Passion projects take all forms. New Orleans is one, for better and for worse, fully acknowledging and celebrating that it hangs from a state that is an afterthought to the city itself. The multi-national culture it hones inspires myriad artists in every medium, and the cuisine brings in hordes. It has become a way of life whose true essence is rarely captured properly in a fictional context. And then story-master David Simon came in, and he didn't even need the whole city. This is Treme, one of the oldest and most cultured neighborhoods in the city. There's no need to wipe your feet when you visit, just tap them to the beat.
No one mentions New Orleans anymore without Hurricane Katrina taking over the conversation. Defining tragedy in every sense, it was a disaster that garnered as much ire towards human elements as towards the natural ones. Washington D.C. almost gave the city the pink slip, and then what would David Simon have followed up Generation Kill with? Wasn't the government thinking about this whenever proper levee construction was avoided in the first place, and barely anybody came to help all the dying people? We like our comments spicy here in South Louisiana.
The series starts off three months after the majority of Katrina's devastation has passed, and the rebuilding process has begun. True to Simon's form, there are plenty of showcased characters whose personal trials and tribulations inform the larger story of the region as a whole. Take Antoine Batiste (Wendell Pierce), the smooth-talking trombone player who lives from one gig to the next, barely supporting a wife and newborn, along with an ex-wife, Ladonna Batiste-Williams (Khandi Alexander), and the children they share. The remarried Ladonna has recently reopened her bar, Gigi's, and worries for her brother, Daymo, who is caught up in the disorganized prison system and hasn't touched base with the family since the storm. Helping Ladonna is Toni Bernette (Melissa Leo), a civil rights lawyer with an interest on spotlighting the downfalls of the post-hurricane legal system. Toni's husband, Creighton (John Goodman), is an English professor whose goal of finishing a novel is overtaken by his anguished outlook on what he sees as a dying city. They share an unannoying daughter, Sofia (India Ennenga).
See how these characters flow from one to the next? One of the unique aspects of Treme is the intentional avoidance of stereotypical plotlines and a focus on capturing a neighborhood on the rebound. These personal stories have no place in a procedural drama, and there aren't necessarily any opposing forces to place your wages on, so it's not that kind of show either. These are slices of life from people who take their time more so than those in other big cities. There is resonance, rather than shallow echoes.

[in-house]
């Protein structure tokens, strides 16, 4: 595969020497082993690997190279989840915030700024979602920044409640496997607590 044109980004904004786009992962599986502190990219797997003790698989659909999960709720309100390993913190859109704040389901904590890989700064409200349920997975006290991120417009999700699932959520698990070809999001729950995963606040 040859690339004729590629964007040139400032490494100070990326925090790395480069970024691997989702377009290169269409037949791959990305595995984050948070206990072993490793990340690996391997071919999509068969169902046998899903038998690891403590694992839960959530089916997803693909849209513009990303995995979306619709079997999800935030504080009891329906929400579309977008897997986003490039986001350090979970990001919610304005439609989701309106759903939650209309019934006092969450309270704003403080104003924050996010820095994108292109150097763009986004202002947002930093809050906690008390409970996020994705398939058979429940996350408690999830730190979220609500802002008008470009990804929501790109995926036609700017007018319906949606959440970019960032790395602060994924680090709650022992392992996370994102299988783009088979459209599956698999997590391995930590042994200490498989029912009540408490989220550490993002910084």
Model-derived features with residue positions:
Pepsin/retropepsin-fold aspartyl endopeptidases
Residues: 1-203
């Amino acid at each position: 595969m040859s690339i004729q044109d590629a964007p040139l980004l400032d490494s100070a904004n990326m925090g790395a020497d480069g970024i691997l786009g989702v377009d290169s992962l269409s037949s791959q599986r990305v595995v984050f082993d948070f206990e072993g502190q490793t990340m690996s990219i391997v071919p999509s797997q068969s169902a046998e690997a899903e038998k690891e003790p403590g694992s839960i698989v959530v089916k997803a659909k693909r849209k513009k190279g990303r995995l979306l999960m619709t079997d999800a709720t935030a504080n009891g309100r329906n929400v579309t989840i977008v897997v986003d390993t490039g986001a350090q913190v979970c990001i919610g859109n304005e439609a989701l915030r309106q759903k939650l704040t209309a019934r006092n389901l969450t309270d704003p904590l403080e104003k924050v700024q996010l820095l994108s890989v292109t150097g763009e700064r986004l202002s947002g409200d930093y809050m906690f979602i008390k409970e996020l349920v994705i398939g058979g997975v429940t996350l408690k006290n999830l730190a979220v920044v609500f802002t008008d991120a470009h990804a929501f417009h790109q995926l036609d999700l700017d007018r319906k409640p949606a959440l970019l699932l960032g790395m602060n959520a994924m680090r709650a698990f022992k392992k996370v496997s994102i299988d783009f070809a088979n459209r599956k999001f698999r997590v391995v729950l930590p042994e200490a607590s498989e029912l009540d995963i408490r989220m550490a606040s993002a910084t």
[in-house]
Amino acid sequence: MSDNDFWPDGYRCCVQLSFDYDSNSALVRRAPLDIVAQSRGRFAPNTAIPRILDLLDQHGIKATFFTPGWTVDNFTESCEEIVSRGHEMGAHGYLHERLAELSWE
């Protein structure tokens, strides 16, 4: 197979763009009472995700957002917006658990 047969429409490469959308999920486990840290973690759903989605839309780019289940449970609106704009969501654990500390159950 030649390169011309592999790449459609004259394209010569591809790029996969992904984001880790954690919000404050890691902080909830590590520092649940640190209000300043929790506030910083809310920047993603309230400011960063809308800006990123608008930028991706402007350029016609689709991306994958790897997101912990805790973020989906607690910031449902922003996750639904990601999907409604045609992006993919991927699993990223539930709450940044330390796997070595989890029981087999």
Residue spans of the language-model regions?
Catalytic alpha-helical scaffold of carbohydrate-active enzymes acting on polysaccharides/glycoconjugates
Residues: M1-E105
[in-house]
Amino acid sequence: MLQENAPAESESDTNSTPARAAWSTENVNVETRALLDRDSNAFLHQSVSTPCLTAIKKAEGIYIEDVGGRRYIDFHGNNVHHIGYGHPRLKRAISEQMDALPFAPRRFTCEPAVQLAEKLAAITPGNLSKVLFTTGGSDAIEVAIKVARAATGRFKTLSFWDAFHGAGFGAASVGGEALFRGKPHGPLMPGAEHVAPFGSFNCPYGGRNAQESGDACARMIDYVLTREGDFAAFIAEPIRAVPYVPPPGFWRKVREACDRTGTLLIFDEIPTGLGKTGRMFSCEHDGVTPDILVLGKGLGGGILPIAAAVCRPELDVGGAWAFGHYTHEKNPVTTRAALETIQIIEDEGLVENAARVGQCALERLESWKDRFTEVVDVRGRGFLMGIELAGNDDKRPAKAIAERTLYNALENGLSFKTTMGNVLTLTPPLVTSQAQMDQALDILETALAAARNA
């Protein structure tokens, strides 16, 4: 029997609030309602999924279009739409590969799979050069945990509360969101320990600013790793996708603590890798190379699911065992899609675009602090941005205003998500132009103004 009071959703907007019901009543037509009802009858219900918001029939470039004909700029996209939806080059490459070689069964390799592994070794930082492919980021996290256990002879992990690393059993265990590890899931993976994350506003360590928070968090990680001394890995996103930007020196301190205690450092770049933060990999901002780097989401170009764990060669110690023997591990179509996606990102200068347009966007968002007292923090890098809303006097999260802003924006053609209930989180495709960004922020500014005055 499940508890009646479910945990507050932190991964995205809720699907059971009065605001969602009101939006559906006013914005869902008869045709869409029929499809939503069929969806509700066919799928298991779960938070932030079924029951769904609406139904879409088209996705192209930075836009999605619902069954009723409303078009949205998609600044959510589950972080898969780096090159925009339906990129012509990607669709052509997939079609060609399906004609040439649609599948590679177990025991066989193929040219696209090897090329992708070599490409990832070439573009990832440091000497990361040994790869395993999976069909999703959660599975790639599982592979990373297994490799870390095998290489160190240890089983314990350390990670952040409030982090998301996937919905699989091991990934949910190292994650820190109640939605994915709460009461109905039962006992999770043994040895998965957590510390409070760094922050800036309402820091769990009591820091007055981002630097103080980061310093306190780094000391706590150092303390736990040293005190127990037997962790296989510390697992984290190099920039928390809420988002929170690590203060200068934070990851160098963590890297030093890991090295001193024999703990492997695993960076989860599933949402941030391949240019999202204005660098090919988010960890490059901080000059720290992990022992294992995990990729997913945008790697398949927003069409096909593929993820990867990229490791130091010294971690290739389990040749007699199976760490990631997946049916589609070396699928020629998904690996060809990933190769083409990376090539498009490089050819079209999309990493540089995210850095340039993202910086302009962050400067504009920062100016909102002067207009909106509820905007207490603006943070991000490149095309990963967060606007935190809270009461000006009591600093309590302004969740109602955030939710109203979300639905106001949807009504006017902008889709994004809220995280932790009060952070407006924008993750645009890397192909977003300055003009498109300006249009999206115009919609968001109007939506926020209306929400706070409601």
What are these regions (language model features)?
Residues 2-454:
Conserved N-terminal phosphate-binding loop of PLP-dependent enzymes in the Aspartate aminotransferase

To further the character chain, Steve Zahn plays Davis McAlary, sometimes a DJ, sometimes a musician, and always a champion of the Treme. (He teaches Sofia piano. Connections!) Davis is currently sleeping with, and possibly dating, Janette Desautel (Kim Dickens), a fine dining chef whose home and popular restaurant have suffered severely after the storm. If you thought this show still didn't have enough music-related aspects to it, you're in luck. We also bear witness to the staling relationship between second-year street musicians Sonny (Michiel Huisman) and Annie (Lucia Micarelli). Too cool for either school or sobriety, the anti-conformist Sonny pales in comparison to Annie's skill with a fiddle and verve for progression.
The last of the major character stories, one that will undoubtedly leave unfamiliar viewers scratching their heads, involves Albert Lambreaux (Clarke Peters), a Mardi Gras Indian chief who allows no obstacle in his path to stop him from parading his tribe around come St. Joseph's Day. Lambreaux's tribe, like any other, creates amazingly vivid and elaborate costumes and headdresses from beads and feathers, spending the entire year doing so. Mardi Gras Indians are a controversial group, so the police are never far from Lambreaux, who does nothing to stop them from watching. His son, Delmond (Rob Brown), is a New York trumpet player, jaded by the lack of success that New Orleans musicians find within the city. Delmond is summoned by his sister to come home to try and talk sense into Albert.